And the scrutiny could be a hurdle for the first daughter as she tries to obtain a full security clearance in her role as adviser to the President Donald Trump.

Now, in any case, it is another potential ethics entanglement for a member of the Trump family.

Joining us to talk about it is former FBI and CIA senior official, Phil Mudd, Norm Eisen, who served in several capacities in the foreign services and crucially to this conversation, is President Obama's White House ethics czar. Also with me again is Jen Psaki.

So, Phil, I mean, how big a deal is this? What does it tell you that the FBI, as far as we know, hasn't been able to finish up or, you know, that the first daughter has not been able to get a full-time security clearance?

PHIL MUDD, CNN COUNTERTERRORISM ANALYST: Let's make sure we understand two questions. First, I didn't see anything in the reporting that suggested she did anything wrong.

COOPER: Right.

MUDD: That said, there's some key questions here you've got to ask, if you are doing the security clearance.

Number one, did she declare it? We know we have a history with White House officials in this administration of not declaring their contacts.

Number two, does this company have dealings with the U.S. government, and is she involved in any of those dealings?

Number three, let me give you a simple question, Anderson. What happens when they pick up the phone and they ask for a meeting at the White House? Does she now feel compelled to offer that meeting?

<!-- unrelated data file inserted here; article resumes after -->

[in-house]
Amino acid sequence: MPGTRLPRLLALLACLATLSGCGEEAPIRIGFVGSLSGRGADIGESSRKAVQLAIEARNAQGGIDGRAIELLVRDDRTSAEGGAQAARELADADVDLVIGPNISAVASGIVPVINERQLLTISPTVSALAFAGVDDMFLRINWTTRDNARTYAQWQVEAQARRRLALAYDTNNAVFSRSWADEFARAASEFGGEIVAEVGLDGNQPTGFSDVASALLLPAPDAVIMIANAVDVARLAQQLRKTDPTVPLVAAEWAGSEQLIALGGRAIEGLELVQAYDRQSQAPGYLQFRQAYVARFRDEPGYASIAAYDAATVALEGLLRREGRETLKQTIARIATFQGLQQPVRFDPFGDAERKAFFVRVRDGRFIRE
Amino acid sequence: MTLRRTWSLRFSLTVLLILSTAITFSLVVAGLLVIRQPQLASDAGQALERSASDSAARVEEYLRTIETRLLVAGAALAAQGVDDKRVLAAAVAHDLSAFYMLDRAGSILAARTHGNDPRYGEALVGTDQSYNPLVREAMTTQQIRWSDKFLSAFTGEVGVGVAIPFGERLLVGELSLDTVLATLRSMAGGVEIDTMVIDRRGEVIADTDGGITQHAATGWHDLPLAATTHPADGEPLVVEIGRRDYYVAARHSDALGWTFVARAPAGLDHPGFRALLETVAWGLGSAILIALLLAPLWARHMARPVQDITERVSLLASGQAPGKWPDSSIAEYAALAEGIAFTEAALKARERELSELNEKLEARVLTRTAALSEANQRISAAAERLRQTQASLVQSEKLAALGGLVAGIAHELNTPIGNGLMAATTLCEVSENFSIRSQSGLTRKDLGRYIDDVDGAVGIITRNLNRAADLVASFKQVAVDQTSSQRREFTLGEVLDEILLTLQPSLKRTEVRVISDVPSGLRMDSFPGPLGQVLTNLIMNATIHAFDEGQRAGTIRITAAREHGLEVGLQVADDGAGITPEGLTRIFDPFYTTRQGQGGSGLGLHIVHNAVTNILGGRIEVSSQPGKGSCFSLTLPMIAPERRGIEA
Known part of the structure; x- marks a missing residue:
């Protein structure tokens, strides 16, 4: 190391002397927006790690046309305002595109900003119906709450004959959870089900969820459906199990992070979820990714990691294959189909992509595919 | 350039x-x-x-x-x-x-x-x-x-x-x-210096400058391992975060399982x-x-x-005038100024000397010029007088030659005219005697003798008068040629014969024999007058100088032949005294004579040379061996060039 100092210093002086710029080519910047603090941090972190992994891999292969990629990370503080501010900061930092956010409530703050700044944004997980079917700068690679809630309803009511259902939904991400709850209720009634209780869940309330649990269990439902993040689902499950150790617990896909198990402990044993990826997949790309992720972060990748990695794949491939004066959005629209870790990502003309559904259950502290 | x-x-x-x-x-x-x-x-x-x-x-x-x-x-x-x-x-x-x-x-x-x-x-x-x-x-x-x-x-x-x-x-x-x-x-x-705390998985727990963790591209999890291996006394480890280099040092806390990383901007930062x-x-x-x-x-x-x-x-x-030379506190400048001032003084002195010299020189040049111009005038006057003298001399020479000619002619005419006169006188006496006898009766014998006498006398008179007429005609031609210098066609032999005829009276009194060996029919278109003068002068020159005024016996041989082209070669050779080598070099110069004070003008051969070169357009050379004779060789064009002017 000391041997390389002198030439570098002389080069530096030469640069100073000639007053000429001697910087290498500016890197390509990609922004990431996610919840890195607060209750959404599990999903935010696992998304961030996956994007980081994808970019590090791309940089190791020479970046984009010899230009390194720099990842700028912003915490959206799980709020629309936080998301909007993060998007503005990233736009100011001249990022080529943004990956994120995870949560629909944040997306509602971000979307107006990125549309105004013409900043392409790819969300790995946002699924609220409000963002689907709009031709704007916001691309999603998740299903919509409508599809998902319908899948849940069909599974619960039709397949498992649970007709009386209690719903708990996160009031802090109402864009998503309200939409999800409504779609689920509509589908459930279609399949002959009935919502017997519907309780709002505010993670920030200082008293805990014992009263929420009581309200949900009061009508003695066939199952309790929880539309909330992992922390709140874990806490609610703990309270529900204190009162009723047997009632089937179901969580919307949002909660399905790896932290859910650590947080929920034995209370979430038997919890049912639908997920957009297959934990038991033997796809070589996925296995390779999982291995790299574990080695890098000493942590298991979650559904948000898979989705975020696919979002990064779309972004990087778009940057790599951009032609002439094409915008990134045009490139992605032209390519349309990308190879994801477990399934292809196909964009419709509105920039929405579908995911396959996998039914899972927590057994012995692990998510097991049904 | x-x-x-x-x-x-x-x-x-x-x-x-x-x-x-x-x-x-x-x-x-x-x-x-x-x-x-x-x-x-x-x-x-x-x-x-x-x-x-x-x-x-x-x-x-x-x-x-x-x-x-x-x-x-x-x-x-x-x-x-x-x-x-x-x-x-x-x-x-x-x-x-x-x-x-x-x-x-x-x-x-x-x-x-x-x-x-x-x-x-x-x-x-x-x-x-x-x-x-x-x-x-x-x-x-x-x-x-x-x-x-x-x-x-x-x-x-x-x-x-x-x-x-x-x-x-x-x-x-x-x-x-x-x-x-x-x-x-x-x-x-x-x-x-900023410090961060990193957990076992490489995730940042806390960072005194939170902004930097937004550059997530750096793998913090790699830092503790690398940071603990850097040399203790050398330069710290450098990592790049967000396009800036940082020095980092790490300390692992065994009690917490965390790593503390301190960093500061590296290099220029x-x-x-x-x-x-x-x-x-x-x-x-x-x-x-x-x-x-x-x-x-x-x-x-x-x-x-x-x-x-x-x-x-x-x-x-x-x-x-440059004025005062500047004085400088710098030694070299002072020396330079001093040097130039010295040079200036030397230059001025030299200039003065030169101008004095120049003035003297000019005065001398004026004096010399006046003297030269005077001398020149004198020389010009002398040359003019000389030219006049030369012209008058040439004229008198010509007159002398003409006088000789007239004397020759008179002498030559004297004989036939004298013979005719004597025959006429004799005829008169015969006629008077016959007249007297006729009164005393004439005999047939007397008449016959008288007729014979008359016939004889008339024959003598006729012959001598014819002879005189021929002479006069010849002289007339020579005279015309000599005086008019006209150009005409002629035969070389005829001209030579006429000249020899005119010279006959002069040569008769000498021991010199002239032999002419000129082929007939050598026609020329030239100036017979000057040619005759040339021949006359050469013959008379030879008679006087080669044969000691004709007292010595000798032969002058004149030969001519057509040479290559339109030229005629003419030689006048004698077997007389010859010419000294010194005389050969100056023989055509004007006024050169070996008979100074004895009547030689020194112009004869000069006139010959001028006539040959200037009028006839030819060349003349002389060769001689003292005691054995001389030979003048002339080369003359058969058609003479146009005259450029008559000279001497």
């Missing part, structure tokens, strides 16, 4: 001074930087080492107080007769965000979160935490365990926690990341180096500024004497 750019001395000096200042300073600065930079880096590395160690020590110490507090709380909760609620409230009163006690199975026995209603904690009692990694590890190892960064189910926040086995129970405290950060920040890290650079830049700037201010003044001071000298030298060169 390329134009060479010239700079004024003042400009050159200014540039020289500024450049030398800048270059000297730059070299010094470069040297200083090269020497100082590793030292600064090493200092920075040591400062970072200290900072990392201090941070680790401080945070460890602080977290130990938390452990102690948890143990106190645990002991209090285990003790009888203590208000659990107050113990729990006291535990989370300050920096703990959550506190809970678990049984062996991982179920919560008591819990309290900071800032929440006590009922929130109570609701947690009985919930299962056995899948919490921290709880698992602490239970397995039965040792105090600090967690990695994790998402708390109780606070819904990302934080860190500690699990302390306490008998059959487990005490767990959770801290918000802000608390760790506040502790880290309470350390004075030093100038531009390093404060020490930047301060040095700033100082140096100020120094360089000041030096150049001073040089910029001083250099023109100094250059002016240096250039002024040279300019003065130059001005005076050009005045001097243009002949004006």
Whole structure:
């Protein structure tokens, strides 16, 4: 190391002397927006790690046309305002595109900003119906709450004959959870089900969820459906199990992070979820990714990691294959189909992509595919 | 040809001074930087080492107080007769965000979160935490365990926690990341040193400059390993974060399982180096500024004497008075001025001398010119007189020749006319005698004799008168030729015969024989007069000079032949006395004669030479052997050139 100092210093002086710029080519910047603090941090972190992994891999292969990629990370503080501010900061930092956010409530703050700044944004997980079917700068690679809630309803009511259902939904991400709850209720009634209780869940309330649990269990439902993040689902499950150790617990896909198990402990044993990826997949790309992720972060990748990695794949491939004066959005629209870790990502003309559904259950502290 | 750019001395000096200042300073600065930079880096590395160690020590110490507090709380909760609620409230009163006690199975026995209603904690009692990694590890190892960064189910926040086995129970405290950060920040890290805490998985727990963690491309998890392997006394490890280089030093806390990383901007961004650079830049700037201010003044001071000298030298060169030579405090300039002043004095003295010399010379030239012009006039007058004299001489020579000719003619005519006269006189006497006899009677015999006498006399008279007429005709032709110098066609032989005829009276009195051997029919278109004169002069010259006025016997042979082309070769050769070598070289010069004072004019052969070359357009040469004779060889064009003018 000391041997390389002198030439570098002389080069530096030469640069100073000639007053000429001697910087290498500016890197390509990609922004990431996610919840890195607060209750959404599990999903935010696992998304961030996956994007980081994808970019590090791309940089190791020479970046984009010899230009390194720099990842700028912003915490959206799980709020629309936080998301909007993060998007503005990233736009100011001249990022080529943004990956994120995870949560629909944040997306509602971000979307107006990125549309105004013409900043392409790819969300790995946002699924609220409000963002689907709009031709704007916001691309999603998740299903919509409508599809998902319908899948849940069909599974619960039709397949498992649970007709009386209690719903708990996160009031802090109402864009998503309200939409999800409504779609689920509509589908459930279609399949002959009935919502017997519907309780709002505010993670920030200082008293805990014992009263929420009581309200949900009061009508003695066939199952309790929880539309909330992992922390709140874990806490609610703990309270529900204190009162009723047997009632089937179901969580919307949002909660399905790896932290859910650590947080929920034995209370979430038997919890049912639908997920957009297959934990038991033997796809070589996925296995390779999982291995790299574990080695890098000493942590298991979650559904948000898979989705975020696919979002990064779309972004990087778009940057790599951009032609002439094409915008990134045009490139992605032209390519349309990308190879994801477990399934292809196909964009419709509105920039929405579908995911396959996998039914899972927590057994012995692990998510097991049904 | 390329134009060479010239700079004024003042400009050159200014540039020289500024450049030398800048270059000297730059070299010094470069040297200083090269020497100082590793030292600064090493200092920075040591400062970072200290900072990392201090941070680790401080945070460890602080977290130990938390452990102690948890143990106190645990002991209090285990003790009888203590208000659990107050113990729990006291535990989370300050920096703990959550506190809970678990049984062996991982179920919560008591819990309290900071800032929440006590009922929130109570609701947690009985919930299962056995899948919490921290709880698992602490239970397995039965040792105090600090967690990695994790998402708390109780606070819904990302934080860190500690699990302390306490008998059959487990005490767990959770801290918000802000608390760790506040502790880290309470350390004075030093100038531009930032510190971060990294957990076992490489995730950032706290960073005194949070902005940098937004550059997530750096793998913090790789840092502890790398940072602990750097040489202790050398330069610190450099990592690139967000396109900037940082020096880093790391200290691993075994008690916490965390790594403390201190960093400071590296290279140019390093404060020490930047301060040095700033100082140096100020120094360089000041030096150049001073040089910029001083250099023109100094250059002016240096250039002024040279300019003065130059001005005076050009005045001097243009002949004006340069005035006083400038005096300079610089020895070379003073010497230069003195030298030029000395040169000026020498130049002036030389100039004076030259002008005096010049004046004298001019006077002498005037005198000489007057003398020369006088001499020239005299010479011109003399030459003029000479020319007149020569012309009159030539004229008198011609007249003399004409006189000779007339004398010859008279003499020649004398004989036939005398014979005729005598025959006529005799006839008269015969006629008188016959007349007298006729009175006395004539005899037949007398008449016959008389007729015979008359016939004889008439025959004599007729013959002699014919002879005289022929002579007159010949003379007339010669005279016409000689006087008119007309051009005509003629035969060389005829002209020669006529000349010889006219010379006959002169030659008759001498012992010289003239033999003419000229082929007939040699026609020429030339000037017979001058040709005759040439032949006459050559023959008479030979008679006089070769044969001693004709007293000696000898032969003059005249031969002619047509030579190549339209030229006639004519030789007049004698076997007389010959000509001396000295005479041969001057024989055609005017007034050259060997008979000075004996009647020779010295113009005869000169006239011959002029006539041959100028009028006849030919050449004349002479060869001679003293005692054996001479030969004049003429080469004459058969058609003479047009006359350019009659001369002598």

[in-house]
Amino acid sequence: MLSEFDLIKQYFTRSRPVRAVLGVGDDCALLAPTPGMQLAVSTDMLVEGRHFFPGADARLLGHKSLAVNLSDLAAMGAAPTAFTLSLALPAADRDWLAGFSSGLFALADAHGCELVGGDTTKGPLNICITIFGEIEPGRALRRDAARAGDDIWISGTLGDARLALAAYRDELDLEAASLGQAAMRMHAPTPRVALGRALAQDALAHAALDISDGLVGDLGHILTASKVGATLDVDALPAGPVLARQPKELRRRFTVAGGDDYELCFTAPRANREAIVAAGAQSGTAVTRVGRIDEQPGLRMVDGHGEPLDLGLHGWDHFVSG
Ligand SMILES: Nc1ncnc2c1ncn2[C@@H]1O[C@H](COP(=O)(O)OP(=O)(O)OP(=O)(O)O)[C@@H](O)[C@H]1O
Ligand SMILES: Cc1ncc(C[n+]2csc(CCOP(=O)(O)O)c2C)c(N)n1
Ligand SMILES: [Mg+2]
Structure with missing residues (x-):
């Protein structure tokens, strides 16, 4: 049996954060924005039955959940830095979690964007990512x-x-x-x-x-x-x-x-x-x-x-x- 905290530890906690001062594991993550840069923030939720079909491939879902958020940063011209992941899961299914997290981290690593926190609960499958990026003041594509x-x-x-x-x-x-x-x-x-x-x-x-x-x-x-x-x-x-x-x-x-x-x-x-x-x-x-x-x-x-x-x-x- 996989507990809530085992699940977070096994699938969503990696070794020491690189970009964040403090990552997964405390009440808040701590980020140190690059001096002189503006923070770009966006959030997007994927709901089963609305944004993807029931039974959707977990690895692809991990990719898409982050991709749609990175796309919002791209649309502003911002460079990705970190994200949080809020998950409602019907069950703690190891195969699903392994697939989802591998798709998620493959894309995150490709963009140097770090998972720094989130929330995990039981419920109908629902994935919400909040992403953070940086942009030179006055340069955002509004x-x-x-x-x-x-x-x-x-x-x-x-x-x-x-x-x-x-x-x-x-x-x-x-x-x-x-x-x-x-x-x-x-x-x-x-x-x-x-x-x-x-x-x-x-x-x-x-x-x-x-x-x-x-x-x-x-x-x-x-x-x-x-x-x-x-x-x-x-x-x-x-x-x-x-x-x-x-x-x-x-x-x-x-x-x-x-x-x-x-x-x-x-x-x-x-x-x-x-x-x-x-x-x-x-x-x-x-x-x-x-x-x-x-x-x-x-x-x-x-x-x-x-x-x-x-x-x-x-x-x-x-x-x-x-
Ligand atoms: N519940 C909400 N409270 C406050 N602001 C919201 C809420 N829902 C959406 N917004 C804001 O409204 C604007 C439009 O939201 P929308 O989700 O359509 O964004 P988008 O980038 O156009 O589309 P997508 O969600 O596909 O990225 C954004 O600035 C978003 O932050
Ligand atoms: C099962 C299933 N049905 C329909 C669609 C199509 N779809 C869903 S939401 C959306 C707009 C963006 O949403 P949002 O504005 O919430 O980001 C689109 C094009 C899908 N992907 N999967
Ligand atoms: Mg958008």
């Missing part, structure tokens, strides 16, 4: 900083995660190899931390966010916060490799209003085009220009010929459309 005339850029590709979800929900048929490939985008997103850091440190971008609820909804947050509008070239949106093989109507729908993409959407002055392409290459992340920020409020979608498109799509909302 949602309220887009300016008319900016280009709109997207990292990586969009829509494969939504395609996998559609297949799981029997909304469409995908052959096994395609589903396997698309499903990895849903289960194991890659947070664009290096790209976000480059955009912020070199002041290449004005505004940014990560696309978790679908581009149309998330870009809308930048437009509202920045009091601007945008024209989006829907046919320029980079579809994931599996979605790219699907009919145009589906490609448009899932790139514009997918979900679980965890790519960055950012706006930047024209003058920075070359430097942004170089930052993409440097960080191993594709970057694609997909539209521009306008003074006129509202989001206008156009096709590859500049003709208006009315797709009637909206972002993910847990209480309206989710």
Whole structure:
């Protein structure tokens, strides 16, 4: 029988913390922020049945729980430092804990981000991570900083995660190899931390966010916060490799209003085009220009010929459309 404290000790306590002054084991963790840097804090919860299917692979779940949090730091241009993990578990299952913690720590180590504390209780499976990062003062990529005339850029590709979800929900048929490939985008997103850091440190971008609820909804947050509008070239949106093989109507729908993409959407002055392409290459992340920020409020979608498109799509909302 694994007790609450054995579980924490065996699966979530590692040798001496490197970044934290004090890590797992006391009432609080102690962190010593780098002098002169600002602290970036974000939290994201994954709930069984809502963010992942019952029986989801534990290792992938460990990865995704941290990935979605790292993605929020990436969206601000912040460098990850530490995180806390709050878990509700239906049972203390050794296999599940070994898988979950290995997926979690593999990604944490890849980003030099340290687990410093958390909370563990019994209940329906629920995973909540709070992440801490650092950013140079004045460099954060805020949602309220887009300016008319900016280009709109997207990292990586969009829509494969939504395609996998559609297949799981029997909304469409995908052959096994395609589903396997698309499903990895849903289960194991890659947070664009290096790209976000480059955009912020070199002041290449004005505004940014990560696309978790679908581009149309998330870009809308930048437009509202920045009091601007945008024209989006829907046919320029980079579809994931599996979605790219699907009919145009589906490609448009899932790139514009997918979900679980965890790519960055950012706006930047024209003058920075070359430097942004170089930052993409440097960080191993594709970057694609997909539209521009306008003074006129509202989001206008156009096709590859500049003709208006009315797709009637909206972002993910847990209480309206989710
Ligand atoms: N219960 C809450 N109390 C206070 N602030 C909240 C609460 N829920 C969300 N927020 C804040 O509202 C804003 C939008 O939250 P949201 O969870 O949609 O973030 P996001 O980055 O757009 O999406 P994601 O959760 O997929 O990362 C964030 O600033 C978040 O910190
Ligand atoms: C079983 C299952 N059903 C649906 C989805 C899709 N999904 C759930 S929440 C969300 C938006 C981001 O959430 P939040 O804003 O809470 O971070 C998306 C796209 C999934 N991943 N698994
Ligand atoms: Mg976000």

And the last question, I think, would be, does the intelligence community, including the FBI, have information on the people she's dealing with that indicate those people are dirty, what does that mean?

So, I'm not sure she's done anything wrong, but with the complications of her and her husband's sort of financial dealings, they're like the Tylenol twins if you're a security official. So many questions about whether there's a conflict of interest.

COOPER: Ambassador Eisen, does it raise ethics concerns for you?


It raises profound ethics concerns. The question of the Vancouver Trump property that's under counter intelligence investigation is only the latest entanglement for Ivanka, for her husband Jared, because we impute these potential conflicts to spouses. They apply to the other, and for the whole Trump family. It's been a never-ending stream of these.

And, you know, if in fact, there is some problem there, it may represent a conflict that should require her to step away from certain issues, and the behavior of the Trump's is more like that of a royal family than of a modern-day elected officials between the conflicts and the nepotism and of course, the President himself has the largest conflicts of all hanging on to his businesses, another troubling development.